Features
24 Jan 24

Africa’s shared mobility industry to double by 2030

Shared mobility is growing everywhere, but nowhere as fast as in Africa. Between now and 2030, African jobs in the sector will grow by 113%, to 1.1 million; and turnover in Africa will increase by 85%, to $7.8 billion. So says a new report called Shared Mobility’s Global Impact.

Shared mobility – a sector that includes such diverse services as ride-hailing, e-bike rentals, and car-sharing – is becoming an increasingly important part of the mobility mix, and indeed of the economy as a whole, global management firm Oliver Wyman reveals in its latest report. 

The industry’s growth is driven by two continent-wide phenomena: rising middle classes, and rapid urbanization. Of particular interest is ride-hailing, which creates significant earning prospects (up to 130% more than jobs of a similar level, in both Nigeria and South Africa, for instance).

The reason ride-hailing, and by extension shared mobility as a whole, is growing, is the massive demand: it helps bridge the many gaps in the infrastructure and accessibility of mobility that exist and persist in Africa. 

Some other salient facts from the report:

  • Between now and 2030, the African shared-mobility market will grow at an average of 9% per year, higher than any other region. While the market will still be relatively small in 2030, Africa is home to much of its future potential, largely because it has the largest urbanizing population in the world.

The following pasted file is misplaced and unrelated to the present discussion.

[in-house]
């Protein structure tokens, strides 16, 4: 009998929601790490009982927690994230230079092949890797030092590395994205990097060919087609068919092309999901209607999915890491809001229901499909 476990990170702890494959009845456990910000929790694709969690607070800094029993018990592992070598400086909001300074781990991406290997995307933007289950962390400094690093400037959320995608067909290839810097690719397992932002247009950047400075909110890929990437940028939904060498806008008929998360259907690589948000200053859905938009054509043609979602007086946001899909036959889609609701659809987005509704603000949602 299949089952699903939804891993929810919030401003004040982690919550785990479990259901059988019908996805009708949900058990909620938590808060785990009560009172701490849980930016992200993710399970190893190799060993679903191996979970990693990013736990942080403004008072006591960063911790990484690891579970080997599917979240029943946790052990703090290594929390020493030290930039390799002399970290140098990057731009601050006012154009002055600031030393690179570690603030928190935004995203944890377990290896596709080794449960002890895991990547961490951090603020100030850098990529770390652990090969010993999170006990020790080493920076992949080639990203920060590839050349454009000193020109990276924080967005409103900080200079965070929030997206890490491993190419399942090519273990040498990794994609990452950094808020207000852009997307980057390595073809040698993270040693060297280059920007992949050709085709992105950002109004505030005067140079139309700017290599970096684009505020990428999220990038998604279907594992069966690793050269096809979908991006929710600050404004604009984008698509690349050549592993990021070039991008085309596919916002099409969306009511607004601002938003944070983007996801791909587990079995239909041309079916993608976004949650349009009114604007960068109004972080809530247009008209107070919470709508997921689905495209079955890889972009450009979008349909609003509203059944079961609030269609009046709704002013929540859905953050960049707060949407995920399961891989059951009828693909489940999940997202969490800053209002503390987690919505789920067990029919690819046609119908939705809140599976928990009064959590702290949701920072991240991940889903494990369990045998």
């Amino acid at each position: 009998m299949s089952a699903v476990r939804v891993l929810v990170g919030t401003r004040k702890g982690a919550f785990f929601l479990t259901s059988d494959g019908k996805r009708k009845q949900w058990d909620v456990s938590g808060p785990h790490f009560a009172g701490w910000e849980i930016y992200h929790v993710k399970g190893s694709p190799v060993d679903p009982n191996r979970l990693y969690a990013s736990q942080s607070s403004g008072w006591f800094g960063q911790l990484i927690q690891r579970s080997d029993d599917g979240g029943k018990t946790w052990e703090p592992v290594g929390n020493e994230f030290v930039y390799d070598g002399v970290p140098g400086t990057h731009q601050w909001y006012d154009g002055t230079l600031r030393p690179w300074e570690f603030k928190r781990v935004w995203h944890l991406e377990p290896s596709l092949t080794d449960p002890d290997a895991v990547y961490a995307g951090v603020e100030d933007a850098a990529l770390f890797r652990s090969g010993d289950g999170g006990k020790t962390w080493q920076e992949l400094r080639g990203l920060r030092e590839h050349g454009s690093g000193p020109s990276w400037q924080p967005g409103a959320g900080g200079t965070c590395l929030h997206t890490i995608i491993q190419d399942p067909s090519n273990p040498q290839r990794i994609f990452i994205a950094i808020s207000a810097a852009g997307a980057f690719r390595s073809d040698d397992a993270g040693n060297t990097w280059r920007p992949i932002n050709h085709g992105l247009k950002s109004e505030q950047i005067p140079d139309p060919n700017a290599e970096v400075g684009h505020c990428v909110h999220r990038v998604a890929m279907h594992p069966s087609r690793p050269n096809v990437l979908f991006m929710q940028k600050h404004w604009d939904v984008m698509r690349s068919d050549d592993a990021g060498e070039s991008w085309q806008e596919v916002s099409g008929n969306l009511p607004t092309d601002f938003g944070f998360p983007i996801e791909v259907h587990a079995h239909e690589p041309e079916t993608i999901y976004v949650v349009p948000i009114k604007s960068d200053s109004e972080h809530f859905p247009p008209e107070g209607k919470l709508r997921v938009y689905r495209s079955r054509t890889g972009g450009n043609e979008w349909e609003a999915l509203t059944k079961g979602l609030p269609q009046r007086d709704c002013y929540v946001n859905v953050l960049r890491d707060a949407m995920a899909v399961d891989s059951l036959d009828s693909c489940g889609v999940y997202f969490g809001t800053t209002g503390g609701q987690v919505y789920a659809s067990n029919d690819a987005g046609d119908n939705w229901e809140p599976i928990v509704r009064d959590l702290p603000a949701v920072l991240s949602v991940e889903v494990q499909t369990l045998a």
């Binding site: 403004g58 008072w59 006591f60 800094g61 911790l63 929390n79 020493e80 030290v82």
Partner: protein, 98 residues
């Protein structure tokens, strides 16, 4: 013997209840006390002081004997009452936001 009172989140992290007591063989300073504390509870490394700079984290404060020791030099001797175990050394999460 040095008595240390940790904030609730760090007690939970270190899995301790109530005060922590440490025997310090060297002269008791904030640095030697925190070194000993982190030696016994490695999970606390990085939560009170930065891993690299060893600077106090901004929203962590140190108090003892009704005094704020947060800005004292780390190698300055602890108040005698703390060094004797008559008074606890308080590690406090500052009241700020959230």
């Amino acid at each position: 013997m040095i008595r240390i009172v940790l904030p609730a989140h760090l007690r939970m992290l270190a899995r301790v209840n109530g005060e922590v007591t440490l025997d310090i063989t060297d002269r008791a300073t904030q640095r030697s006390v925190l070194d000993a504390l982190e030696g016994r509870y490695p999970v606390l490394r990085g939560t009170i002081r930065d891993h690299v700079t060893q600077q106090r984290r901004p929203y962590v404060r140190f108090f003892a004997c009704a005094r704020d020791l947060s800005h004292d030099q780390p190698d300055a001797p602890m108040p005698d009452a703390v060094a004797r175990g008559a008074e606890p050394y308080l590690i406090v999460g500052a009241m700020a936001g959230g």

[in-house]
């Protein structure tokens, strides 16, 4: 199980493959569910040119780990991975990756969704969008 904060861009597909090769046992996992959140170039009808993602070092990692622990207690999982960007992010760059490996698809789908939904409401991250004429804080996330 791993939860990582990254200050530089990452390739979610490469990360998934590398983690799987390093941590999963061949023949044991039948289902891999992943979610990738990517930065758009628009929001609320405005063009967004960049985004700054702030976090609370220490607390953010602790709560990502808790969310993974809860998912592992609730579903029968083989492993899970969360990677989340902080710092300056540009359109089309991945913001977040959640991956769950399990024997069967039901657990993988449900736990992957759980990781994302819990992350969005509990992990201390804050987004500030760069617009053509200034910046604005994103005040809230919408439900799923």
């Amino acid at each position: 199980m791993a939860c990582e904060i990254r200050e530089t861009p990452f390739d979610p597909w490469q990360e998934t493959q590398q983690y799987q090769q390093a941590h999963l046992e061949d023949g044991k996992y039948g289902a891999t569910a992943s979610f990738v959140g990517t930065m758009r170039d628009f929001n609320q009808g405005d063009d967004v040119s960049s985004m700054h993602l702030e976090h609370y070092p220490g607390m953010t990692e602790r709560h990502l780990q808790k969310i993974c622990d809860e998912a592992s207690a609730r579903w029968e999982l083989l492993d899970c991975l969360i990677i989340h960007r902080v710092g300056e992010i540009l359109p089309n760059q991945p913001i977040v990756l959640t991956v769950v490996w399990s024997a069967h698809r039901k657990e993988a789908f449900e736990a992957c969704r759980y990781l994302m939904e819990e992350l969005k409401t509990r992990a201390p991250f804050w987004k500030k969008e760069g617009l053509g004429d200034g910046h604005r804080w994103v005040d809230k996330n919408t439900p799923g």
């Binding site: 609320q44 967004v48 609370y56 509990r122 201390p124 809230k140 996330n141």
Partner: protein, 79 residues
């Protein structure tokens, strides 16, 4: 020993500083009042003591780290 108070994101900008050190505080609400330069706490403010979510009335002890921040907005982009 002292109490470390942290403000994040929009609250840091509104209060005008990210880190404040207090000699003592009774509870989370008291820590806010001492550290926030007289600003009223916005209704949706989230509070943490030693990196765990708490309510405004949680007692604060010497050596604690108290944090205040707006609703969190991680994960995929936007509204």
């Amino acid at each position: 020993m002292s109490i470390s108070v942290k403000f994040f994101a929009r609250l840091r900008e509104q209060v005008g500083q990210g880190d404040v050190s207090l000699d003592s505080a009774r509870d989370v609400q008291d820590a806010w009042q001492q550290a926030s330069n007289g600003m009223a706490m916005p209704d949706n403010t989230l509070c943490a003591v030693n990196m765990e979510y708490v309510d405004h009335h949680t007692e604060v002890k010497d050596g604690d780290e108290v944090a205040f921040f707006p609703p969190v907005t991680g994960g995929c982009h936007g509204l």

• Another factor favouring the growth of shared mobility in Africa: the continent’s relatively low access to public transport. Worldwide, slightly less than 50% of the population have convenient access to public transport. In the U.S. and Europe, the figure is about 75%, in Africa just 33%. 
  • Ride-hailing is more likely to earn drivers a living in a reliable and predictable way in lower-income countries like Nigeria (71%) and South Africa (75%) than in a high-income one like the Netherlands (57%).
  • Shared mobility has the potential to remove cars from traffic. This is relevant even for Africa, where car ownership rates are much lower (about 100 per 1,000 inhabitants). Big cities still suffer from major congestion issues. In Johannesburg, a driver loses 61 hours per year in traffic jams. In Lagos, it’s 30 hours – per week. 
  • Private and corporate electrification is proceeding at a slow pace across Africa. Shared mobility services, often using small electrified vehicles, could be a good way to broaden the share of EVs across the continent. 

Image: Gabin Degan, CC BY-SA 4.0 DEED

Authored by: Frank Jacobs